Saturday, 27 May 2017

Human Acts

(May 2017)
  


Despite the facts that South Korea is just across the water from the island I currently call home, and that aspects of its history loom (disproportionately?) large in the realm of Japan’s diplomatic efforts, I understand its recent past in only the broadest of strokes.

Monday, 8 May 2017

Full Fathom Five / Last First Snow

Max Gladstone, 2014/2015
(April 2017)
  


OK, so I’m aware that there’s a sixth installment of the Craft Sequence coming out later this year, but I think I’m going to hold off on the rest for the immediate future. I think Gladstone is better at ending books than beginning them.

Friday, 5 May 2017

Gone to the Forest

(April 2017)
  


Bouncing into this straight off The North Water is not something I’d necessarily advise to anyone else, as both are short but well crafted stories about unpleasant people in unpleasant places doing unpleasant things. I’m also not entirely sure what either book was trying to say.
  

Friday, 21 April 2017

Dark Tales

(April 2017)
  


A new collection of short stories from Shirley Jackson, most of which have previously been printed in other collections, and I think all of them first appeared in various periodicals during the 1950’s. Annoyingly, I think the latter form of publishing does more for them than anthologizing them together like this, as en mass it becomes clear that the writing, or more specifically the plotting, can be fairly formulaic. In many ways the biggest weakness of this collection is the collection.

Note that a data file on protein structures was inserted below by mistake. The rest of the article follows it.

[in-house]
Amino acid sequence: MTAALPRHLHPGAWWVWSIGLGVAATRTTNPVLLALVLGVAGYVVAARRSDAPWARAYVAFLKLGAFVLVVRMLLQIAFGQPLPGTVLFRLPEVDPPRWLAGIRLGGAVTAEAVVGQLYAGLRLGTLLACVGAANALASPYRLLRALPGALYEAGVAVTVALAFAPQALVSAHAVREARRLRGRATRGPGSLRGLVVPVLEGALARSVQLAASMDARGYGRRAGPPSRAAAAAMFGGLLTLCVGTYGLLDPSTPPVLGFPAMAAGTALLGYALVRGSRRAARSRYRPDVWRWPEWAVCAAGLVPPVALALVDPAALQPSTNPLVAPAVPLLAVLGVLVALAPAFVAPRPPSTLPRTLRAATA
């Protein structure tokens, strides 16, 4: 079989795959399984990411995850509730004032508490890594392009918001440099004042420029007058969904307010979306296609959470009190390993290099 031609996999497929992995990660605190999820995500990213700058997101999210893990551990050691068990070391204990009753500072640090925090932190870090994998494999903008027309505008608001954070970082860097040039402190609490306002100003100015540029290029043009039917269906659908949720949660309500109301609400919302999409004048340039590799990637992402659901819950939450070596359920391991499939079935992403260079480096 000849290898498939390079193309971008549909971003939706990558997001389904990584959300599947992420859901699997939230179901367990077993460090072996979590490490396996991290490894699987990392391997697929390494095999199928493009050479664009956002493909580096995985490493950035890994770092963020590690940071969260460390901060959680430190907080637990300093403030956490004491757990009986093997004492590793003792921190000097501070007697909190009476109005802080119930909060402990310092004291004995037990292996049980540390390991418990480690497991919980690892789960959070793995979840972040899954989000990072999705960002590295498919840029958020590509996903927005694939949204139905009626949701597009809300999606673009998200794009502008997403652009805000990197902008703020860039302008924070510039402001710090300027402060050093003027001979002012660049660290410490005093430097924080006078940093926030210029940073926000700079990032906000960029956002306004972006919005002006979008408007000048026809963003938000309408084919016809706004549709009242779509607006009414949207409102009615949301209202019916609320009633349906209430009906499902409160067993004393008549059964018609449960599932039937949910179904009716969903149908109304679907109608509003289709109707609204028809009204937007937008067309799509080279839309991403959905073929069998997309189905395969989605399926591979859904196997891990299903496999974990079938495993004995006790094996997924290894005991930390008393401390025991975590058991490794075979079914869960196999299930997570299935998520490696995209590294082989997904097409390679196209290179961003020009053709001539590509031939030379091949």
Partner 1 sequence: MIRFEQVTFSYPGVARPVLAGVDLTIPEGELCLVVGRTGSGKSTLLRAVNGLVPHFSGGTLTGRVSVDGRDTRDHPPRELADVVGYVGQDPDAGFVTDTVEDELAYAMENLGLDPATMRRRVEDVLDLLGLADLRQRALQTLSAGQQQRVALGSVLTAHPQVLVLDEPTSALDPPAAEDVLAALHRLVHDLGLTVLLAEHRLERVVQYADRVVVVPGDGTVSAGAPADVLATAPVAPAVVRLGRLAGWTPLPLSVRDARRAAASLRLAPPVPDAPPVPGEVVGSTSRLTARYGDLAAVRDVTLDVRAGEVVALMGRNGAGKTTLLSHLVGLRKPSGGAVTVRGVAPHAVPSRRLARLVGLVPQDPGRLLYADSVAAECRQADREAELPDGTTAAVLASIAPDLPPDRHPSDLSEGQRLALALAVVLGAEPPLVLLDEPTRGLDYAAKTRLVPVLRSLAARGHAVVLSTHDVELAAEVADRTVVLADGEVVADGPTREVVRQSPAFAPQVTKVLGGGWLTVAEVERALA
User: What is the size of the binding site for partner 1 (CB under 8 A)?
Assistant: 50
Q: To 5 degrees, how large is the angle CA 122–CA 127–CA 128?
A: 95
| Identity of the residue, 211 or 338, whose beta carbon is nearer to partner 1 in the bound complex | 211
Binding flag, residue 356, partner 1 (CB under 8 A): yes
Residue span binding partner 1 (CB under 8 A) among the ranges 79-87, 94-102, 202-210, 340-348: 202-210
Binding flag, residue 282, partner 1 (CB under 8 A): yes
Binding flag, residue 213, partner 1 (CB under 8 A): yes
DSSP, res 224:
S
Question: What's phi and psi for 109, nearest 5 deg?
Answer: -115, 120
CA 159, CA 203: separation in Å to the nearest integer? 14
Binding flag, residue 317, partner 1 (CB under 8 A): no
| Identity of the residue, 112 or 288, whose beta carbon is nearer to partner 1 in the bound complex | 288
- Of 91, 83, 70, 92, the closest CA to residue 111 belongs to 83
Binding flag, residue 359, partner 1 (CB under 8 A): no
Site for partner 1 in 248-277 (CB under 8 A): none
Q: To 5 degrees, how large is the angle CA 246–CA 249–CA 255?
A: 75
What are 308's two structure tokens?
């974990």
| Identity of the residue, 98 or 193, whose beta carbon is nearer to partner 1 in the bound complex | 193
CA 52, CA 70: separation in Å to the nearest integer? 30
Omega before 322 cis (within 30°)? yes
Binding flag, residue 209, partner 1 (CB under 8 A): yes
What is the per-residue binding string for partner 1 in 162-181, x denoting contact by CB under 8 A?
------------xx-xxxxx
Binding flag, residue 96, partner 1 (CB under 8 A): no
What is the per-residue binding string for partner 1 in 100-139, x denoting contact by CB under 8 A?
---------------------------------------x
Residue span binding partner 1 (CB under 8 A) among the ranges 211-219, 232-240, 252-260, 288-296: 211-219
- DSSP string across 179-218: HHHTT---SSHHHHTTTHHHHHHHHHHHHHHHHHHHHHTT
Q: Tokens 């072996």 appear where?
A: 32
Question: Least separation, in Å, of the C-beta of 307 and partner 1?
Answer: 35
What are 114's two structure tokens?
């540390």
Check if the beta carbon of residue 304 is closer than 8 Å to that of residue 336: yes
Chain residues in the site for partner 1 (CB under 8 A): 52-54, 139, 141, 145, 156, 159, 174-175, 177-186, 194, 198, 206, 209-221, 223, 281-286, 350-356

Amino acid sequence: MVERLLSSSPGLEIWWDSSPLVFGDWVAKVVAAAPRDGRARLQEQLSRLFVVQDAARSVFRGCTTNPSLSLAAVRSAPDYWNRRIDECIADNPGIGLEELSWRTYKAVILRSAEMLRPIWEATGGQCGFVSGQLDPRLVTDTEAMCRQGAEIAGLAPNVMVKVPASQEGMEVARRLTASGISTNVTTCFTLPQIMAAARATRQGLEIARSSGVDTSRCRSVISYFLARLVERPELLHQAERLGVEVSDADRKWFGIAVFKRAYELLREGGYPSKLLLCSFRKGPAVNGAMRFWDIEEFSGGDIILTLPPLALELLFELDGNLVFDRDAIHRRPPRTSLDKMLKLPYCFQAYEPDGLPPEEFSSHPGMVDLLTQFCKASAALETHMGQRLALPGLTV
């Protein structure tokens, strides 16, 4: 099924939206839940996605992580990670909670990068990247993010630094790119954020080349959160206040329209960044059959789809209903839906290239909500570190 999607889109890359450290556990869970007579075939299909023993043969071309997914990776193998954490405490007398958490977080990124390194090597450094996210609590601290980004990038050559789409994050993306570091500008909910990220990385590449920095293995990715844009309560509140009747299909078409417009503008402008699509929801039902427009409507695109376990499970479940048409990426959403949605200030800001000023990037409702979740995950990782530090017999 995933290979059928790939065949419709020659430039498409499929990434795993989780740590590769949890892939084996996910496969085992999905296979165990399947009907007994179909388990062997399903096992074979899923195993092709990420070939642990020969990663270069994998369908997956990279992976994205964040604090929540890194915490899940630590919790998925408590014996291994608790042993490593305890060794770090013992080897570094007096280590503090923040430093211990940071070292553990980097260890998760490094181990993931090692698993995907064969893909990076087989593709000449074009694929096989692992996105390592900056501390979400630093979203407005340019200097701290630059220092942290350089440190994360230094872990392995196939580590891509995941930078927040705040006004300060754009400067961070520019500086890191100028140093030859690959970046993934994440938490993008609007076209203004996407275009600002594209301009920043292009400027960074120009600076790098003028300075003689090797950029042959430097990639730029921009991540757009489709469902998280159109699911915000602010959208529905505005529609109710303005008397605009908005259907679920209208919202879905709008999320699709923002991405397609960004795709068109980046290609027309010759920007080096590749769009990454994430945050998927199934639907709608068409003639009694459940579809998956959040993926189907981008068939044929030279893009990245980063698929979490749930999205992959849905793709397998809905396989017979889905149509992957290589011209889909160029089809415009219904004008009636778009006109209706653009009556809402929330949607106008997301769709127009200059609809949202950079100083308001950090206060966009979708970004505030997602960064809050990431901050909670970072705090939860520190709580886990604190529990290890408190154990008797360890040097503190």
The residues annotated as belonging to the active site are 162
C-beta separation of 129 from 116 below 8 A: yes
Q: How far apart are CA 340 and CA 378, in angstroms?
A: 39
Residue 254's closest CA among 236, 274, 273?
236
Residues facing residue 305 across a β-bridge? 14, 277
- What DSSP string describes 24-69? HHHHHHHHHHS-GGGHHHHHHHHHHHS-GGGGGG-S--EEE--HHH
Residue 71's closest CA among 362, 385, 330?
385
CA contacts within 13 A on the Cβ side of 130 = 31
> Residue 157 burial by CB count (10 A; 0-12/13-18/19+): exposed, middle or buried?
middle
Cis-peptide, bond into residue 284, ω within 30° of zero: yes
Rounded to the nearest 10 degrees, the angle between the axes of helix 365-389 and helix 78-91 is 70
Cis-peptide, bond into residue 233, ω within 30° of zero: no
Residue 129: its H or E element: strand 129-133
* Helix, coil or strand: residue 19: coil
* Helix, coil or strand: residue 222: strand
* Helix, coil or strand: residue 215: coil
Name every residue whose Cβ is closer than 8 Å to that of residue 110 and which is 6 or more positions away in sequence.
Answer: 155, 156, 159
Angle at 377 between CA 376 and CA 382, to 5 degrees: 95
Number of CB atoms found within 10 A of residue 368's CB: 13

Wednesday, 19 April 2017

Hotel Iris

Yoko Ogawa, 1996 [Stephen Snyder, 2010]
(March 2017)



Odd little Lolita-esque novella about a bored and repressed high school dropout getting into a sadomasochistic relationship with an elderly man. Divertingly uncomfortable in and of itself, but to be honest the thing that sticks in my mind the most is how the blurb on the back gives away plot points that don’t occur until three pages before the end. I get that the constant cry of “Spoilers!” can be pretty tedious, but really. Three pages from the end.

Monday, 17 April 2017

Three Parts Dead / Two Serpents Rise

Max Gladstone, 2012/2013
(March 2017)
  


Welcome to the Craft Sequence, I guess. Good, solid secondary (?) world urban fantasy, featuring lawyer-wizards, gods, and disaffected wage slaves. It’s kind of addictive, so I’m probably going to work my way through the first five books in fairly short order (the sixth is due out this autumn). More thoughts on the deeper meanings of this blend of High Fantasy and Late Capitalism when I’ve got it all under my belt, as I’m not entirely sure it’s all working quite as it should just yet. Short term, however, I’ll merely state that Three Parts Dead is a better book than Two Serpents Rise: the central character is more compelling, the philosophical editorializing is less intrusive, and the story is less reliant on a fairly predictable face-heel turn. As I write this I’m partway through Full Fathom Five, and while some of these flaws are still evident, I’m pleased to report that for the most part things are definitely moving in the right direction.

Friday, 14 April 2017

Record of a Night Too Brief

Hiromi Kawakami, 1996 [Lucy North, 2017]
(March 2017)



On the one hand, I loved this, on the other, I found myself in a broadly grudging agreement with Ishihara Shintaro, which those of you who know me (and him) will understand is not a position I ever really wanted to find myself in.